April 5, 2011

What about underwater symbols like AA or BAC?

This is a seemingly simple, but relevant, question. Here, it generated the debate of what should be included in the selection process? We backtest on lists of stocks for which we know the past. From the question, without testing, just by seeing the charts, I can say that AA would be nicely positive while BAC would still be underwater being some 80% below its 6-year high. But then, I realized that in the three spreadsheet tables presented, there were no banks. And this generated another question: why not?

I know now that there was a financial crisis, but in 2005-06 what would have excluded the banks from my watch list. And what about the 200 or so banks that failed during the last two years. The stop-loss would have taken care of those but for the near misses like BAC or C and others, would I have stayed the course? In hindsight, they would have hit the stop loss long before their respective lows. But that does not mean that six years ago, they would not have been on the list.

As I’ve stated before, the stock selection was simply what other members were viewing on the old WL4 website. So the selection does have survivorship bias, as well as an element of randomness. However, this does not mean that I should throw everything or anything at the trading script. That was another area of inquiry that the question raised.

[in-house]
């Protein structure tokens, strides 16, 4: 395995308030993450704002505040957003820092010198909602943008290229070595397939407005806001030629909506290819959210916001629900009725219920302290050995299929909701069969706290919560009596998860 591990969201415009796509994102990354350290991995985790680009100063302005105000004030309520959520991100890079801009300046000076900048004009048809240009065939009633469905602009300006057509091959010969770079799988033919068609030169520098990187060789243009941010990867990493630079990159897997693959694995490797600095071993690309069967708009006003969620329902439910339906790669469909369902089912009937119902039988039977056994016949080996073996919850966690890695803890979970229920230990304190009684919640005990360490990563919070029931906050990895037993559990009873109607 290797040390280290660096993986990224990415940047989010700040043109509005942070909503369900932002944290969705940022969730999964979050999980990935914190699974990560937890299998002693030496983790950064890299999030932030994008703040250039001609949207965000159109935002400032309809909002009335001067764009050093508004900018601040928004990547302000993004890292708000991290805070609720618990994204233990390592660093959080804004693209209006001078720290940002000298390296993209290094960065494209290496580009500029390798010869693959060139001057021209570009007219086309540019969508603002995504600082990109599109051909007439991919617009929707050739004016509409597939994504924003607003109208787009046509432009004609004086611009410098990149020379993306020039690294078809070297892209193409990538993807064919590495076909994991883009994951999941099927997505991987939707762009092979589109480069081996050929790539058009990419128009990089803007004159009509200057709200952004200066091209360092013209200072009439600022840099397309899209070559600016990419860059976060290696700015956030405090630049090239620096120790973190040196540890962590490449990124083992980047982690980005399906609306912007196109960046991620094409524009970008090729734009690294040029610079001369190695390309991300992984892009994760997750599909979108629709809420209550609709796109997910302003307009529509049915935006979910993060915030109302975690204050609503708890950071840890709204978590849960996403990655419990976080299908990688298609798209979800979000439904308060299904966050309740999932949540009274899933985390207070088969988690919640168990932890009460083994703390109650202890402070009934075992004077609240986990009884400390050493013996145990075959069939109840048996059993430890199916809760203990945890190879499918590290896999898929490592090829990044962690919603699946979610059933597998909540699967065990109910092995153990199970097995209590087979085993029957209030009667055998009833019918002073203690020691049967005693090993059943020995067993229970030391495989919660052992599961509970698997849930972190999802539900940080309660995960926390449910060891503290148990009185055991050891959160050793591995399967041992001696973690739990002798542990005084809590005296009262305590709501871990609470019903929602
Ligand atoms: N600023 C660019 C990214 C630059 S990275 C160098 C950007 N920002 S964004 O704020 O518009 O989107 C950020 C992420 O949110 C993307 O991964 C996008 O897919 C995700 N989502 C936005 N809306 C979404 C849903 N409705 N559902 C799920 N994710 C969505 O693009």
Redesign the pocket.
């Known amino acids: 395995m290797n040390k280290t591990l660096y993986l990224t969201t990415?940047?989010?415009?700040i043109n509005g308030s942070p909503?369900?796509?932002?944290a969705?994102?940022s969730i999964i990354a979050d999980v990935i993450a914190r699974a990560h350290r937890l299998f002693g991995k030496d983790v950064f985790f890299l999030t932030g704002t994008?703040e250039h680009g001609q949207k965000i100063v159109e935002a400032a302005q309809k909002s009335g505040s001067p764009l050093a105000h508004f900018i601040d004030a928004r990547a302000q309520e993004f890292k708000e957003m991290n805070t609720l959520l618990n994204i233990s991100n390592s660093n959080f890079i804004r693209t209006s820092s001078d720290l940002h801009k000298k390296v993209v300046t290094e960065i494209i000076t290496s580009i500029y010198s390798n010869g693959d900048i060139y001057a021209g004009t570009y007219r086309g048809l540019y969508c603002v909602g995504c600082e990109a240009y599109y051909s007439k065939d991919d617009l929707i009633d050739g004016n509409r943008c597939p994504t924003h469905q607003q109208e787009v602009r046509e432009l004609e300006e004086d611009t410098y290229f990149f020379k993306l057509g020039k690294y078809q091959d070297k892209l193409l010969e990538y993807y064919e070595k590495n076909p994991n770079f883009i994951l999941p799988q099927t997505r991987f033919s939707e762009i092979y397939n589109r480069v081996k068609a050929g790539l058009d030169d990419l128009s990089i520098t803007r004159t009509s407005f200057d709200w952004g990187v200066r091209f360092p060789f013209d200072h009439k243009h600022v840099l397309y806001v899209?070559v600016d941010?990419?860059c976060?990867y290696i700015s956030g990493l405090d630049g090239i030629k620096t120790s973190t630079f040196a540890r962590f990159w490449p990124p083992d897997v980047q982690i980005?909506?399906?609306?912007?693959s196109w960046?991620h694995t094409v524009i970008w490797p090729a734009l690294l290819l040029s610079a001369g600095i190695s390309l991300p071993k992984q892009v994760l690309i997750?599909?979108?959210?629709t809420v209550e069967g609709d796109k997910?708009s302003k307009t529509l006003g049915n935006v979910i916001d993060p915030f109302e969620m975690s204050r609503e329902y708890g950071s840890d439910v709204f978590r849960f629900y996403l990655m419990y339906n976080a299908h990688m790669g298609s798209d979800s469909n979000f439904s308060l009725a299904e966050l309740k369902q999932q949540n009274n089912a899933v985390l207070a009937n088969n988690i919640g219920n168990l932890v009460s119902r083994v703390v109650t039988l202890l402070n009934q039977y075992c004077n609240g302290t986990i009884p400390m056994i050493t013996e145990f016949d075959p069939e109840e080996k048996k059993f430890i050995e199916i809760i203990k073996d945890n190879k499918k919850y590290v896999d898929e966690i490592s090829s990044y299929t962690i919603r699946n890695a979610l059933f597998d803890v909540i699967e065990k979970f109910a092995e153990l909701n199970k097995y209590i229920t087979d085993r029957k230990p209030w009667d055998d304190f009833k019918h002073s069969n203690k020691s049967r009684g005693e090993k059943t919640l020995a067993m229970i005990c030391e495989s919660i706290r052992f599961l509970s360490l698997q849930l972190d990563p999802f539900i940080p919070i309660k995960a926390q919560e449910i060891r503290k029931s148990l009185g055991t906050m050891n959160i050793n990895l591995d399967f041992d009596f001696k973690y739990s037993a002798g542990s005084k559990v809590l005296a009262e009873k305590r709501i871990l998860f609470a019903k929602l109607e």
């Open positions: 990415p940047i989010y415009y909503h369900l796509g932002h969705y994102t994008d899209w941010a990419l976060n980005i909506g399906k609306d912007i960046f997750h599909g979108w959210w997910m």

I’m in the implementation phase of the Alpha Power methodology. The method aims to accumulate shares over time, while at the same time, trade over market cycles in an attempt to generate funds to accumulate more shares in the future. This implies that the script is looking for stocks going up long term. I did not even try the script on FAZ, SKF or QID in an attempt to accumulate shares. They represent a contradiction with the purpose of the script to such an extent that long-term they would destroy the portfolio, as in a rising market, their future is zero; and accumulating shares down to zero does not make much sense.

The script you design must adhere to a philosophy and will have some constraints. I do not design universal trading scripts. A one size fits all kind of thing. I do put some emphasis on the stock selection process. It should be the best you can do, according to the orientation of your trading script. It’s the same for anyone wishing to develop a shorting script. I would suggest looking for stocks that are going down, not up, and that have a relatively short future.

I presented the above tables in hope of generating discussions on trading philosophies. One thing for sure, you should try your very best script on the stocks presented and compare the results. I’m just making the point that by following the Alpha Power methodology of trading over an accumulation process, maybe one can get better results than by trading alone; even if at first it is over a selected group of stocks. Looking at the numbers, I remember that stock after stock I was impressed, with some, more impressed than others.

Created on ... April 5, 2011, © Guy R. Fleury. All rights reserved.